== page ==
… a pleasant hour and a half will take you through the beautiful Galician countryside to Finisterre, the end of the world, and the Costa da Morte
One slab of granite, called Pedra dos Namorados is a lover’s stone where couples come to pledge their love. Crawling nine times under another great slab is said to cure backache. We tried it, but actually got backaches after a mere three circuits, probably as a penance, because we were laughing so much as we did it.
In mid-September every year since the 15th century, the people of Muxia have held a Lady of the Boat Festival, which attracts great crowds to the little village to pray and take part in the parades, music and general merriment, at which the Galicians are expert.
If it is getting late and you want to delay a little longer in this peaceful countryside, I recommend Casa Trillo, a beautiful stone-built farmhouse just few miles inland from Muxia where, as in all parts of the captivating region, they will look after you very well.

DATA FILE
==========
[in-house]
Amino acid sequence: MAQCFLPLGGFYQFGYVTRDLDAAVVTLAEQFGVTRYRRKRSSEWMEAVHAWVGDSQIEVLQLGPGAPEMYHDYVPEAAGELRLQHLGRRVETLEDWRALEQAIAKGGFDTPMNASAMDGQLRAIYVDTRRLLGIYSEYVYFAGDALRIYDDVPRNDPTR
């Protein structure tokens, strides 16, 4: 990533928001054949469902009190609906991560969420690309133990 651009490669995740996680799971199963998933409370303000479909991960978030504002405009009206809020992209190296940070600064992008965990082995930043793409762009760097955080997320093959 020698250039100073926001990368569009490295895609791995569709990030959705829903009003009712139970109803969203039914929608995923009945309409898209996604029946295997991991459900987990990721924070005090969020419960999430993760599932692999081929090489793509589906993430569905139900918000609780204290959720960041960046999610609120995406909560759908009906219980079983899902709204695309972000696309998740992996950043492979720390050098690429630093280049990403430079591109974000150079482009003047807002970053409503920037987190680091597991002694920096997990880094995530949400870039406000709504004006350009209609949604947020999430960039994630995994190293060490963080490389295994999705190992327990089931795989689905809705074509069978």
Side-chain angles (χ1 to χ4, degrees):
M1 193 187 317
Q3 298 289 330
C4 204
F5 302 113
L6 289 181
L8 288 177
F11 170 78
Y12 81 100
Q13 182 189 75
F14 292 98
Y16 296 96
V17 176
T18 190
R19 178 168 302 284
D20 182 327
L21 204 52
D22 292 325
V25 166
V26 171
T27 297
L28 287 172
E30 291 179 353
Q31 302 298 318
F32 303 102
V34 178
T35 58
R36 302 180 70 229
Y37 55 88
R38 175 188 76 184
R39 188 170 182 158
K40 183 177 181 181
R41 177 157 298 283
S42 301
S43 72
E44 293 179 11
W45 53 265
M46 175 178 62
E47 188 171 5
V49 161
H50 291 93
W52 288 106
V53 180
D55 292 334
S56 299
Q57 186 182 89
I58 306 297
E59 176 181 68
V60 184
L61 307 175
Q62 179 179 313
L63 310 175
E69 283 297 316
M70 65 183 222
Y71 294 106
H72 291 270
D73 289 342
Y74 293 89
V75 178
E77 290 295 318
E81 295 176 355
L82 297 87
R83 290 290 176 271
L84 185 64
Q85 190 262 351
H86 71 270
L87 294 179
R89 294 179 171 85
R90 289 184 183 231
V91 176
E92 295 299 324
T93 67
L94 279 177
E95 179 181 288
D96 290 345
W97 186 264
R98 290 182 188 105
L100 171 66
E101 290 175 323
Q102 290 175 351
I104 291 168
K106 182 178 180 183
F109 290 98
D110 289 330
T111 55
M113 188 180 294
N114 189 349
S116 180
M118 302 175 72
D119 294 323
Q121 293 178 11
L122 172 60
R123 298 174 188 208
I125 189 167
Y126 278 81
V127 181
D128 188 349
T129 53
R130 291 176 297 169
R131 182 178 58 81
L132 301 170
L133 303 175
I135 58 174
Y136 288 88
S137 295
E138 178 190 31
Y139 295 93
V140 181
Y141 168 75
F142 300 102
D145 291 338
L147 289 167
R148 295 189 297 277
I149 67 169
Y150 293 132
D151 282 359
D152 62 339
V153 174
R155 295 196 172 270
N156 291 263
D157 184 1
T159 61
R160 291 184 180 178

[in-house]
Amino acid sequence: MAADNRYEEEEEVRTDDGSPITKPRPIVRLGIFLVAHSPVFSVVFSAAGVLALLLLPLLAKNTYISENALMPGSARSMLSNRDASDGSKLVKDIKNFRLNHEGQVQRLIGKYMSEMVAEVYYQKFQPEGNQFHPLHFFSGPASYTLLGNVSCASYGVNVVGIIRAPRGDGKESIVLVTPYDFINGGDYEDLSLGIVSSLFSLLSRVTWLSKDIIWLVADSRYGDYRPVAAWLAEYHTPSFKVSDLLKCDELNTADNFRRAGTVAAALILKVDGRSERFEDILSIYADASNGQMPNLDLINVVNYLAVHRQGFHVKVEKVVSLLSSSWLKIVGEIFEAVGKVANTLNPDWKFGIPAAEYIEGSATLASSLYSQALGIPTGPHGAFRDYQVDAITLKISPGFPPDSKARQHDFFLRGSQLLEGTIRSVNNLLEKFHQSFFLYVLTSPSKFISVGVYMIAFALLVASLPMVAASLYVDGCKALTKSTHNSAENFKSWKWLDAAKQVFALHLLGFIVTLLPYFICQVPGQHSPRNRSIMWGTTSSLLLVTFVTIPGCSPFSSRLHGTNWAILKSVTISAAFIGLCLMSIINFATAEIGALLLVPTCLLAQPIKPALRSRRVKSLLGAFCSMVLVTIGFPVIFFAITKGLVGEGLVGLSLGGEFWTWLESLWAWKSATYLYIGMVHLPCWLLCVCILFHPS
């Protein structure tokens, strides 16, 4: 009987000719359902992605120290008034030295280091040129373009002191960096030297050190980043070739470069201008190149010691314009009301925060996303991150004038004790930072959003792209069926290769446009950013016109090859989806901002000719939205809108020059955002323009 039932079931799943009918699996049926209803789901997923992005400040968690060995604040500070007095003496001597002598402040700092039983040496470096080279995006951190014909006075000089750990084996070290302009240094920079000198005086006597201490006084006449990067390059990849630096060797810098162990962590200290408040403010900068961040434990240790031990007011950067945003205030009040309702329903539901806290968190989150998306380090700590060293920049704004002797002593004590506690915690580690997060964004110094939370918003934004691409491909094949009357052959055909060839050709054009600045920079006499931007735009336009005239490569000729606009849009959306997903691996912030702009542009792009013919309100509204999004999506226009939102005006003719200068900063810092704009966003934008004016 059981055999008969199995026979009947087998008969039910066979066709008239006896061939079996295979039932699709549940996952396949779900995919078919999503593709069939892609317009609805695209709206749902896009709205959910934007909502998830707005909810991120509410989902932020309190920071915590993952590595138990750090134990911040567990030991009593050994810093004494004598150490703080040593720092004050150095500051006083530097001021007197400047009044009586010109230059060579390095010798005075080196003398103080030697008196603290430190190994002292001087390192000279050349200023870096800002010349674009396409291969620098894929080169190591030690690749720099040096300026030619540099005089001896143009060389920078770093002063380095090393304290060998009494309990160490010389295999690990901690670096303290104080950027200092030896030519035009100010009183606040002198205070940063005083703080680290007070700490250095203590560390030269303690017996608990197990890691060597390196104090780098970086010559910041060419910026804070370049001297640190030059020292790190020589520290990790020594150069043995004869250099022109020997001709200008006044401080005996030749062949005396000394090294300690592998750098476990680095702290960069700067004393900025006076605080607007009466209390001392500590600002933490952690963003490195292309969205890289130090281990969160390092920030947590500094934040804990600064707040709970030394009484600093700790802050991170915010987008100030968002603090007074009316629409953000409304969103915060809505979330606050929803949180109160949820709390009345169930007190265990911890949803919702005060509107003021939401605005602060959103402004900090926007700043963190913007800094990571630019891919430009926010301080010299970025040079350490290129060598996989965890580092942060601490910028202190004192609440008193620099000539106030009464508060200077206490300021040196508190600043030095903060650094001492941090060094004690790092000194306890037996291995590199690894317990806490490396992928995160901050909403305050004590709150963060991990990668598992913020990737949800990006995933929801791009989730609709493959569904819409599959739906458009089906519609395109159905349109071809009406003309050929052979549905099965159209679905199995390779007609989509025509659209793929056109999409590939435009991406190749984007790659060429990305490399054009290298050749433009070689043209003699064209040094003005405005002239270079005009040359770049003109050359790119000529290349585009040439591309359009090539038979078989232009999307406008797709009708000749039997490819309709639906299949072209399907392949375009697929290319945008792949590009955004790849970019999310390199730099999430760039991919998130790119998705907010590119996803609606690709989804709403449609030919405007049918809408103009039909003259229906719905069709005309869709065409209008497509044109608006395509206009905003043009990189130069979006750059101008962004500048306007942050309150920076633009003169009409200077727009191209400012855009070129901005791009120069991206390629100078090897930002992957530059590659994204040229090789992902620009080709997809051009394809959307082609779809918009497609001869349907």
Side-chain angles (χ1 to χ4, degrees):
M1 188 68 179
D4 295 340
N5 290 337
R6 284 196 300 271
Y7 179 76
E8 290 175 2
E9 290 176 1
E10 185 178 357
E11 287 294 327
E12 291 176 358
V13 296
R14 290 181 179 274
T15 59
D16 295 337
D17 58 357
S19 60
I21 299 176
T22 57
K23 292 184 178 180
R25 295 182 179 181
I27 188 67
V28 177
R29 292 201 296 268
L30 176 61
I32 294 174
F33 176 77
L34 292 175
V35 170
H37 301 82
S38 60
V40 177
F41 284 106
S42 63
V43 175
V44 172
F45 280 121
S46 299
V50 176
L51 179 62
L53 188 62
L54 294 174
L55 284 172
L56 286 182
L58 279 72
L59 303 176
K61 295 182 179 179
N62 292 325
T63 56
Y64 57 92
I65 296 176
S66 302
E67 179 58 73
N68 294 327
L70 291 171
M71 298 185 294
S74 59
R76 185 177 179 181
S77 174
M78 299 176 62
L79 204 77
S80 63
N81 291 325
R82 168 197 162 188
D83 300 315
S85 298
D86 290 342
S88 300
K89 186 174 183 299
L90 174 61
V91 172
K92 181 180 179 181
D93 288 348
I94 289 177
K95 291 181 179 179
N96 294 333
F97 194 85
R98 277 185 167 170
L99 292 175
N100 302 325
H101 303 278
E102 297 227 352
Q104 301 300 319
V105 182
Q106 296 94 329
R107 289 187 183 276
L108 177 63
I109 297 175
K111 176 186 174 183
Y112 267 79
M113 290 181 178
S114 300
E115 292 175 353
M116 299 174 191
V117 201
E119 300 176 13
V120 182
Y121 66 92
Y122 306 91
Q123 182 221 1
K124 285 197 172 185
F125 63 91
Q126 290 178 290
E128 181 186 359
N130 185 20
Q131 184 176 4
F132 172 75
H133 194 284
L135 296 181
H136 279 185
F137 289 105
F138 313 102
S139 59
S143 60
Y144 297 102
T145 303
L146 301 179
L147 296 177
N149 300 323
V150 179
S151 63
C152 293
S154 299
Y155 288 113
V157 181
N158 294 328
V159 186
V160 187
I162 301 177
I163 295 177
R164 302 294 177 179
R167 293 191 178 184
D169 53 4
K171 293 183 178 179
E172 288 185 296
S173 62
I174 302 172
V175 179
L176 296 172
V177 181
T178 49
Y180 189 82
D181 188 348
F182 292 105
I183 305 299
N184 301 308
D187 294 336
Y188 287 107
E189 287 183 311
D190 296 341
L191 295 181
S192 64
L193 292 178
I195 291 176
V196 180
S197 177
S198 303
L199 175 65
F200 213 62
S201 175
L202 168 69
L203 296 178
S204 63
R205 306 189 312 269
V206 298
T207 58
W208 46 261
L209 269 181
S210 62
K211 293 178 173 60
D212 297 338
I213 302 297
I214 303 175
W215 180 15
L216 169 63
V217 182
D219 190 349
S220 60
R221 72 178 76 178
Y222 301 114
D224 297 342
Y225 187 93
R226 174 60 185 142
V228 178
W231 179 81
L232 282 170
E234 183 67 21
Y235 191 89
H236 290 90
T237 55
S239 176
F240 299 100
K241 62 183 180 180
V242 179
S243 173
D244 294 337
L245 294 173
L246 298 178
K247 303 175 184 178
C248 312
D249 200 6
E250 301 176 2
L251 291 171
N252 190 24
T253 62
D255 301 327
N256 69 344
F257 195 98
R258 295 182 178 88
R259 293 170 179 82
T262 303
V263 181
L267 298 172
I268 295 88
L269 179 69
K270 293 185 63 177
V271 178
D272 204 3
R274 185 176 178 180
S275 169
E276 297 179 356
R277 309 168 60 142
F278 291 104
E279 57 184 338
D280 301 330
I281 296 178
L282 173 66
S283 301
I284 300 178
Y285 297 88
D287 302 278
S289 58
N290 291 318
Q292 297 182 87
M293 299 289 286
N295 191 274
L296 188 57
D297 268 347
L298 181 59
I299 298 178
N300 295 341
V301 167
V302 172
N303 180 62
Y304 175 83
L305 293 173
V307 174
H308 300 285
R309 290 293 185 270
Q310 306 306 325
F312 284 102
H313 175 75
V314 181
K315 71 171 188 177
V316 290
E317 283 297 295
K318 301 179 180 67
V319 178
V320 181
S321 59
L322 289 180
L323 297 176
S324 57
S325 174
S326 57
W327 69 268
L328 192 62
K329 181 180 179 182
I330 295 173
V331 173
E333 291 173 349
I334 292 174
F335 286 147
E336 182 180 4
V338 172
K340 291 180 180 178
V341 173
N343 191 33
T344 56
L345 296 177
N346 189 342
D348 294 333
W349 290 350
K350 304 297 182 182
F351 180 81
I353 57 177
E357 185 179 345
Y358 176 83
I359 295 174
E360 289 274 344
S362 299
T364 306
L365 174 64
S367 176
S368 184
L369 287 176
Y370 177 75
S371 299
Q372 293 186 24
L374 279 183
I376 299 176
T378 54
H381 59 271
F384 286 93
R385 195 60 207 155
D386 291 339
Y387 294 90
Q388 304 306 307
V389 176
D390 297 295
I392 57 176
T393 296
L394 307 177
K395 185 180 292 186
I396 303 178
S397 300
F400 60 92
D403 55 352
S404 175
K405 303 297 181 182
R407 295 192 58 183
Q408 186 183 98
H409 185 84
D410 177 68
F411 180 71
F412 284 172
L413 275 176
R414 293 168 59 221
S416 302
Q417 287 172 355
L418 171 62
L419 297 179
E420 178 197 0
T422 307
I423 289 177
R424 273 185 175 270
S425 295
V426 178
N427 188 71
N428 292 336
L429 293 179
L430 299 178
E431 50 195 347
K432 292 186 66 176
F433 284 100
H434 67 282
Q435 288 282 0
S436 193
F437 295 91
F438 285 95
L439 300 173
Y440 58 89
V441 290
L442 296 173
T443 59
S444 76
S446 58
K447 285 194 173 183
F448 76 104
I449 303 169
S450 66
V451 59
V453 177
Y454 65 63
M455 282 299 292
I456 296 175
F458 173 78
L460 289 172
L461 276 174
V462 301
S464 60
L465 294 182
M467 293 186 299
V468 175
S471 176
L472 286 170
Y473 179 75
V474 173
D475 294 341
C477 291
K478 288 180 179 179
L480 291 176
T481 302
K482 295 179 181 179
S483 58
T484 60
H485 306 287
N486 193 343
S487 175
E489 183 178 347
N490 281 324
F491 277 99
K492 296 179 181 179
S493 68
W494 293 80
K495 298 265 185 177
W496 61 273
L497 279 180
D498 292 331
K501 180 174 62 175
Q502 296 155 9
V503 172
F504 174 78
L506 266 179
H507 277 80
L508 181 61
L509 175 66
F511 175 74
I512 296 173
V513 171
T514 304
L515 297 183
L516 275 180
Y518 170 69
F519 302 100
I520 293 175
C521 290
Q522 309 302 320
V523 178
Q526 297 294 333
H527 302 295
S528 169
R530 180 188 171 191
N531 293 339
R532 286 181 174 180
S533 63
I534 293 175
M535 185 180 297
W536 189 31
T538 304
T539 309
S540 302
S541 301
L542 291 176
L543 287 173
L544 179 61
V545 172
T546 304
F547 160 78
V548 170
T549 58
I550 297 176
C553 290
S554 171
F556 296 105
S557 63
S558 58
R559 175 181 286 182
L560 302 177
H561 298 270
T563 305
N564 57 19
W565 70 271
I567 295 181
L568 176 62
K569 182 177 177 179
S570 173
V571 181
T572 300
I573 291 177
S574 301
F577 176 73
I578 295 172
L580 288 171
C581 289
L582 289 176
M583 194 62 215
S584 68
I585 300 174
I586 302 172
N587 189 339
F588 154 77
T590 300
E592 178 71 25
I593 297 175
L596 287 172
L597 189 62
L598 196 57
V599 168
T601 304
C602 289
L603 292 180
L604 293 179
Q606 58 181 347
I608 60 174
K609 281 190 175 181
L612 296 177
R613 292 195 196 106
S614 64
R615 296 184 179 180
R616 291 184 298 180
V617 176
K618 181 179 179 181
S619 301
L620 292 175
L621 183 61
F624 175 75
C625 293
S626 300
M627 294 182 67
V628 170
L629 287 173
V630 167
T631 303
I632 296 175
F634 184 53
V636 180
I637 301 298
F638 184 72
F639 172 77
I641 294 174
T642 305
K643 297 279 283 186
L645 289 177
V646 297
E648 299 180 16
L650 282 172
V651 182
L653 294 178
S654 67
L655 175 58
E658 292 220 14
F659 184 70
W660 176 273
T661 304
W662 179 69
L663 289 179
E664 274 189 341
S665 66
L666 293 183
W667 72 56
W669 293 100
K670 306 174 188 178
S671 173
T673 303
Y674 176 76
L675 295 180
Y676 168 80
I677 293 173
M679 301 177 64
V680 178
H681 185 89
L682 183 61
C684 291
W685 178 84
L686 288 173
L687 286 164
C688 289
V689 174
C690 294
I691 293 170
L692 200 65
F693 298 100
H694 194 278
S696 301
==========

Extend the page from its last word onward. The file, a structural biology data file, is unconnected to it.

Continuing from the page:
Other things to do in A Coruna
• See the Celtic hill fort at Elvina, near A Coruna’s University
• Try the Telerifico del Monte de San Pedro, A Coruna’s version of the London Eye
• See live octopuses, as well as sharks and seals at the Aquarium Finisterre, across an inlet from the Tower of Hercules
• Aer Lingus fly Dublin to Santiago three days a week. For bookings, w: aerlingus.com
• Vueling fly Dublin to Santiago once a week in winter and five times a week in summer. For bookings, w: vueling.com/es
• There are frequent trains from Santiago to A Coruna w: interrail.eu. But it is well worth hiring a car at the airport as A Coruna is under an hour’s drive
Where to stay
• The reasonably-priced Hotel Atlantico is ideally located close to the colourful harbour, the old town, and not far from the beach,
• The ultra-modern and very blue Sercotel Blue, Coruna, opened two years ago just up the street from the first Zara outlet, and could not be more central for all that A Coruna has to offer, w: hotelbluecoruna.com